Turkey is a country of more than 70 million people. Surrounded by both land and water, Turkey acts as a cultural and geographical bridge between the Middle East and Europe. It falls between the Black Sea to the North, the Mediterranean Sea to the South and the Aegean Sea to the West. It borders eight countries – Armenia, Azerbaijan, Greece, Georgia, Bulgaria, Iran, Iraq and Syria. Because of this strategic positioning and the West Asian and East European influences on the country, Turkey is fairly liberal and cosmopolitan while still maintaining deep tradition and religious beliefs.
The country is predominately Muslim but the degree of conservatism varies based on location. The northwestern and western coasts are more cosmopolitan and have a liberal take on religion. The most conservative area is the Central Steppes but in comparison to other stricter Middle Eastern countries, the region is still quite liberal.
Turkey is not yet officially part of the European Union but is currently on the list of candidate countries.
Rich History of Turkey
Turkey has a rich history which dates back to the 9th Century. Architecture from the time of the Byzantine and Ottoman Empire is still visible throughout the country. Throughout Turkey specimens of fine historical architecture such as the Dolmabahce Palace will catch the eye of any traveler.
Sites and Attractions of Turkey
Cappadocia – These volcanic rock formations form a network of tunnels and caves. These cave dwellings were carved out of volcanic rock approximately 4,000 years ago.
Sultanahmet Mosque (Blue Mosque) – Finished in 1616, this mosque is also the tomb of Sultan Ahmed. It is unique because it has influence of Ottoman architecture.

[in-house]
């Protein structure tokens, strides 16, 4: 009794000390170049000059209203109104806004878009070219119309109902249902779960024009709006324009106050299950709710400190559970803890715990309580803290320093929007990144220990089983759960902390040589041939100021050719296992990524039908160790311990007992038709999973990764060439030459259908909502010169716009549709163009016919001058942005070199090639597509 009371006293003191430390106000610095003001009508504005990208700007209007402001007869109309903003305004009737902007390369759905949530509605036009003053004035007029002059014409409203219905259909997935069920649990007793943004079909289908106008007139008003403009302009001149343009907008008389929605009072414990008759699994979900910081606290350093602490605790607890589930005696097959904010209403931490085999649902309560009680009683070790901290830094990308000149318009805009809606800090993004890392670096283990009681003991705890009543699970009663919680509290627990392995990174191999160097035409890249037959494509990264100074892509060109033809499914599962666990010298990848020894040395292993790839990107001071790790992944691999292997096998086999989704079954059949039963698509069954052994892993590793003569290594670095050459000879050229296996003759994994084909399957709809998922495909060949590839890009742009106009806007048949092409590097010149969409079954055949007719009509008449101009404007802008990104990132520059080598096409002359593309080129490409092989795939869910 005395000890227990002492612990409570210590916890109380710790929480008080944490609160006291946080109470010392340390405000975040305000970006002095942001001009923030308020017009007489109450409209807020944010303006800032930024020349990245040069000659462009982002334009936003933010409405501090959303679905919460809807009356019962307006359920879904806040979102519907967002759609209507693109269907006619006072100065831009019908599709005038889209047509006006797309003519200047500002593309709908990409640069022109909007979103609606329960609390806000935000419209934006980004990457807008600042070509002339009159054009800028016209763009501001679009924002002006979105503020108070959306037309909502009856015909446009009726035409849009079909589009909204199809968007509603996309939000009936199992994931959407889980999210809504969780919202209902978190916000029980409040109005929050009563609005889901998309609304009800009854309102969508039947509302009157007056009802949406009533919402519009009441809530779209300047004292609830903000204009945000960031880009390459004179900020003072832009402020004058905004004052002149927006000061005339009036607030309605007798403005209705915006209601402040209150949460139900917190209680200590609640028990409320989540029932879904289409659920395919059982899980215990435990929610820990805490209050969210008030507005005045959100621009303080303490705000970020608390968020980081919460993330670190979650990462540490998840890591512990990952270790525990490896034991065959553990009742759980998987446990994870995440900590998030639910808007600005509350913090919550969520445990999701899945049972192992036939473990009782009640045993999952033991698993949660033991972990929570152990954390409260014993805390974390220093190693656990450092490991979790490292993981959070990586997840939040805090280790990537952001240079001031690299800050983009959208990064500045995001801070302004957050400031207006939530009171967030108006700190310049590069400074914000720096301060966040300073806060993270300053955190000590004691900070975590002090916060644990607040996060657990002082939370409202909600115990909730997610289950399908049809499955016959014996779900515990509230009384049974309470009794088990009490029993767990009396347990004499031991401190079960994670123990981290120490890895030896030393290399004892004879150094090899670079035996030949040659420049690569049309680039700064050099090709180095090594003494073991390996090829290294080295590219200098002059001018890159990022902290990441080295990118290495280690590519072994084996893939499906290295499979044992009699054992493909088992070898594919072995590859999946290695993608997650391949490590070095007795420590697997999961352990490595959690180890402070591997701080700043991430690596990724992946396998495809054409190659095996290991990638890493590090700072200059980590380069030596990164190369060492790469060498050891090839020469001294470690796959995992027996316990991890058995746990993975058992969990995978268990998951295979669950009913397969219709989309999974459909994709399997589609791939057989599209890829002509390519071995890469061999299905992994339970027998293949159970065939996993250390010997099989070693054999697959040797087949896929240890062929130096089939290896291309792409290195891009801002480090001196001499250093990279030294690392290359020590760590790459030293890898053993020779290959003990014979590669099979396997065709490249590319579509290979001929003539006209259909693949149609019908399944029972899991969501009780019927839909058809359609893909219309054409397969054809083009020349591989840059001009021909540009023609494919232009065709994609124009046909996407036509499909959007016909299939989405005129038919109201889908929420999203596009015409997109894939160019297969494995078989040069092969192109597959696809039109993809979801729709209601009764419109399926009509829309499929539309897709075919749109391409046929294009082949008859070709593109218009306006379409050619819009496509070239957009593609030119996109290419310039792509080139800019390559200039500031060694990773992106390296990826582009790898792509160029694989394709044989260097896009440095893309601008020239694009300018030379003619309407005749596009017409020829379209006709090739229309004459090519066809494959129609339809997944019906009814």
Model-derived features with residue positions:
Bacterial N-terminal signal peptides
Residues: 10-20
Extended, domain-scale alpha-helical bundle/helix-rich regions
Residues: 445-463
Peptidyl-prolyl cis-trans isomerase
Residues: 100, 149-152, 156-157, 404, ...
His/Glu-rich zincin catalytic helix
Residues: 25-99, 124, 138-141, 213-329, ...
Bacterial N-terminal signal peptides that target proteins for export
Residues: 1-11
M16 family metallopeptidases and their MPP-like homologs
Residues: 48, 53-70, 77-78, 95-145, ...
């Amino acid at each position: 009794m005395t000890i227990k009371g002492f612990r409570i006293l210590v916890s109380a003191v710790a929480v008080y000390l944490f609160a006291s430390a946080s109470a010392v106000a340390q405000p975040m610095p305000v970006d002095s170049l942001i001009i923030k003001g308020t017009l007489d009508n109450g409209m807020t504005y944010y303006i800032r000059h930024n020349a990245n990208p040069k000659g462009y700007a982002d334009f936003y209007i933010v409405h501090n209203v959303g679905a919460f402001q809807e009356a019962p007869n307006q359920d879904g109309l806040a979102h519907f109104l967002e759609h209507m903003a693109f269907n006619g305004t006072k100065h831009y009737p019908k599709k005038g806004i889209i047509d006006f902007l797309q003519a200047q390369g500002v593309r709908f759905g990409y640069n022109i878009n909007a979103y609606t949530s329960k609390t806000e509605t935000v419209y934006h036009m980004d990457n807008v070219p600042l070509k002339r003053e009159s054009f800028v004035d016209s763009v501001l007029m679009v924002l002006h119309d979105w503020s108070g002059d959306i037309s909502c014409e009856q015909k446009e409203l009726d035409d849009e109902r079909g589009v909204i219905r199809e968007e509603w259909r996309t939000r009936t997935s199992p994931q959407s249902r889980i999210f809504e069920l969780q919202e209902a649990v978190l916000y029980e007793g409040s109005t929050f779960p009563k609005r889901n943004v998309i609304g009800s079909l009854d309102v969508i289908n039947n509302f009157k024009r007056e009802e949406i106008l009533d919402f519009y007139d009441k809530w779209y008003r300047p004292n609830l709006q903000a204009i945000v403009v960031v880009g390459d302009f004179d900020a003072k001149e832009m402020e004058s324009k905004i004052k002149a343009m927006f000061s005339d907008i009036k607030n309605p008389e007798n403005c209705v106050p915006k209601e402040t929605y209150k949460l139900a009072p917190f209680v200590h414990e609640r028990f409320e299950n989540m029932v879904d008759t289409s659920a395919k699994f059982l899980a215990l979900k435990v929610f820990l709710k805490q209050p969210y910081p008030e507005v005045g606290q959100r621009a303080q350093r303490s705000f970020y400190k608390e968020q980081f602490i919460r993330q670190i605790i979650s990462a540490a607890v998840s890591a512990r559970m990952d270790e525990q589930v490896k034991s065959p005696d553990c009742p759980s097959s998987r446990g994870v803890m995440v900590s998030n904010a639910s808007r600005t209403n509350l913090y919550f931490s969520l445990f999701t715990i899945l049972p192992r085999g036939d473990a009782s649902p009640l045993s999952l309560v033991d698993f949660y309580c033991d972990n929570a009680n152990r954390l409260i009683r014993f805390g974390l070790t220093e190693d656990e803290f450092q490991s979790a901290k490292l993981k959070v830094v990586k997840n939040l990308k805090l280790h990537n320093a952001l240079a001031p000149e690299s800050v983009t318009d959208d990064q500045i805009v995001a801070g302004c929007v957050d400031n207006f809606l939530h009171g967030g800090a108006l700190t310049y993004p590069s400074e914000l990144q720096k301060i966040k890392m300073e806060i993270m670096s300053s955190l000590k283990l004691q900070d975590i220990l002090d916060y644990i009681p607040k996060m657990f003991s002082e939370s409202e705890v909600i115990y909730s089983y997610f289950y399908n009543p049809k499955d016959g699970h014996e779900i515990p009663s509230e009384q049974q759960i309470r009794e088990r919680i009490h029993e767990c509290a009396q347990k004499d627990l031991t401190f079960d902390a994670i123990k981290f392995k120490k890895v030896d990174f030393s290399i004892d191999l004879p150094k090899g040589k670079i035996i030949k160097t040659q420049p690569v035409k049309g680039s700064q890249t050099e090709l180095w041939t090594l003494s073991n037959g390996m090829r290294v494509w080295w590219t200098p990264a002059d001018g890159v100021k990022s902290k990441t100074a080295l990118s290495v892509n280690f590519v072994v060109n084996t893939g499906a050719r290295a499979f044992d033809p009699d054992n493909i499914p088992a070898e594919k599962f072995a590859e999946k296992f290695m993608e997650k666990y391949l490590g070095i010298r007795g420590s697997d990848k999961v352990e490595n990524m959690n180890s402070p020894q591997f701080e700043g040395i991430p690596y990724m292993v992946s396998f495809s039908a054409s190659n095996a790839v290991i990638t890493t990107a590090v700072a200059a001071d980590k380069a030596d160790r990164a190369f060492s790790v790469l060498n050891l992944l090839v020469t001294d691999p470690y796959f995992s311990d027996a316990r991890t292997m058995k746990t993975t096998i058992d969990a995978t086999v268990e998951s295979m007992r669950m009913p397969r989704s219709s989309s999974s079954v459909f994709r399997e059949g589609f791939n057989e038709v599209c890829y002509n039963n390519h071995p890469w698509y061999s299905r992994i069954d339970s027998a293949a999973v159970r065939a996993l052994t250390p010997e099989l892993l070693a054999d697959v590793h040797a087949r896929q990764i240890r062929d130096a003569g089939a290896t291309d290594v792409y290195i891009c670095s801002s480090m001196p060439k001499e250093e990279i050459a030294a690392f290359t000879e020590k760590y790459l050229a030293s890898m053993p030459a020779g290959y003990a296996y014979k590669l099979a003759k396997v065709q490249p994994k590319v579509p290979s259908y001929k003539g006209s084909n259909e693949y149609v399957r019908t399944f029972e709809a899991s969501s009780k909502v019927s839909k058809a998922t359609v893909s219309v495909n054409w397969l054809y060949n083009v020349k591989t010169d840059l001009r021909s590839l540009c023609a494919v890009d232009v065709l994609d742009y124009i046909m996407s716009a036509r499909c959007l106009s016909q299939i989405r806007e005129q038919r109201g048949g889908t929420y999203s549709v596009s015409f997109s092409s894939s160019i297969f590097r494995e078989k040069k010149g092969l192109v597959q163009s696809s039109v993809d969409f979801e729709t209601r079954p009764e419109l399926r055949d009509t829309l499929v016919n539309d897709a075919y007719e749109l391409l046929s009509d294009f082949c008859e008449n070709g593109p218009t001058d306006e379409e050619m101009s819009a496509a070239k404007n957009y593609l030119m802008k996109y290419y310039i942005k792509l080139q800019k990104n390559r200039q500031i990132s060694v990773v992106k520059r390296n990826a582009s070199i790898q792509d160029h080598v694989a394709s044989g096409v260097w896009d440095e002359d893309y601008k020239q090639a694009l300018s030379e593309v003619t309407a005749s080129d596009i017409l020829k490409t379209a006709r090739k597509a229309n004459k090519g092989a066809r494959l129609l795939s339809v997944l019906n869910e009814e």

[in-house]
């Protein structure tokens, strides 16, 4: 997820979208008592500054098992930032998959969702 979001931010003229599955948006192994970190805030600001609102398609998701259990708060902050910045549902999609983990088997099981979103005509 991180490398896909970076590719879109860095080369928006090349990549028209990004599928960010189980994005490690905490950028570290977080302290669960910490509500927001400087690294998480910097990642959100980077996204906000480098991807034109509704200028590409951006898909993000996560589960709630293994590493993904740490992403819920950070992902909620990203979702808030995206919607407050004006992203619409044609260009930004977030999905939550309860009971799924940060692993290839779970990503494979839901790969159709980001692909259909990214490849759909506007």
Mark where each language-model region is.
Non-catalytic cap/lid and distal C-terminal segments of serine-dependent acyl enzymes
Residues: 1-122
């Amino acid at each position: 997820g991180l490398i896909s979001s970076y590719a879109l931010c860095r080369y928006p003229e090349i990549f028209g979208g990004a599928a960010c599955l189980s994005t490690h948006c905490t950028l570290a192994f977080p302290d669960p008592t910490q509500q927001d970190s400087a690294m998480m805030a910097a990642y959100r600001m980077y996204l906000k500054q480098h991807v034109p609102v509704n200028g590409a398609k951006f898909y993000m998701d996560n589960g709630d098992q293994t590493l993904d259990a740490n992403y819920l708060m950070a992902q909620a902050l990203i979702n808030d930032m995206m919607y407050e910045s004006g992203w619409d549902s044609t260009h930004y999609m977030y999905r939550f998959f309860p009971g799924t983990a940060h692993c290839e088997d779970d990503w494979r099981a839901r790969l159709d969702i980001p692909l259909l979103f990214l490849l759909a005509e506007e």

Topkapi Palace – A World Heritage Site which served as the principal residence of Ottoman rulers for about four hundred years, this Istanbul palace epitomizes the opulent Turkish architecture.
The Grand Bazaar (Kapalı Çarşı) – The maze-like streets of the Grand Bazaar are home to over 4000 shops selling everything from psychedelic lanterns to aromatic spices.
Hammam – Your visit to Turkey would be incomplete without getting yourself scrubbed and massaged at a hammam (also known as a Turkish bath).
Ramadan is a month long period of fasting for all Muslims. During this 30-day period, followers of Islam are not allowed to eat during the daylight hours. Stricter Muslims will not even consume water. While fasting is not mandatory in Turkey, because it is predominately a Muslim country, Ramadan does alter the way the entire country functions during that timeframe. Much of the country has a celebratory mood after the sun goes down and many have special gatherings to break the fast each day. The dates of Ramadan fluctuate according to the Arabic calendar but it usually starts sometime between the end of June and the beginning of August.
Medical Tourism in Turkey
The Joint Commission International has accredited more than 34 hospitals throughout the country. According to a report published in the Hurriyet Daily News, a Turkish news source, more than 40,000 medical tourists visited the country in 2009.
Medical travelers go to Turkey for treatment ranging from cancer treatments to open heart surgery. The vast range of services and treatments available is a pull factor bringing patients to Turkey.
Most flights from the United States and Canada will require a layover in a Western European country such as England or Germany. The total travel time is somewhere between 8-15 hours. The primary point of entry for international flights is Istanbul’s Ataturk International Airport, though Ankara’s Esenboga Airport does have international flights landing there as well.
Citizens of most countries can get a visa upon arrival that is valid for three months.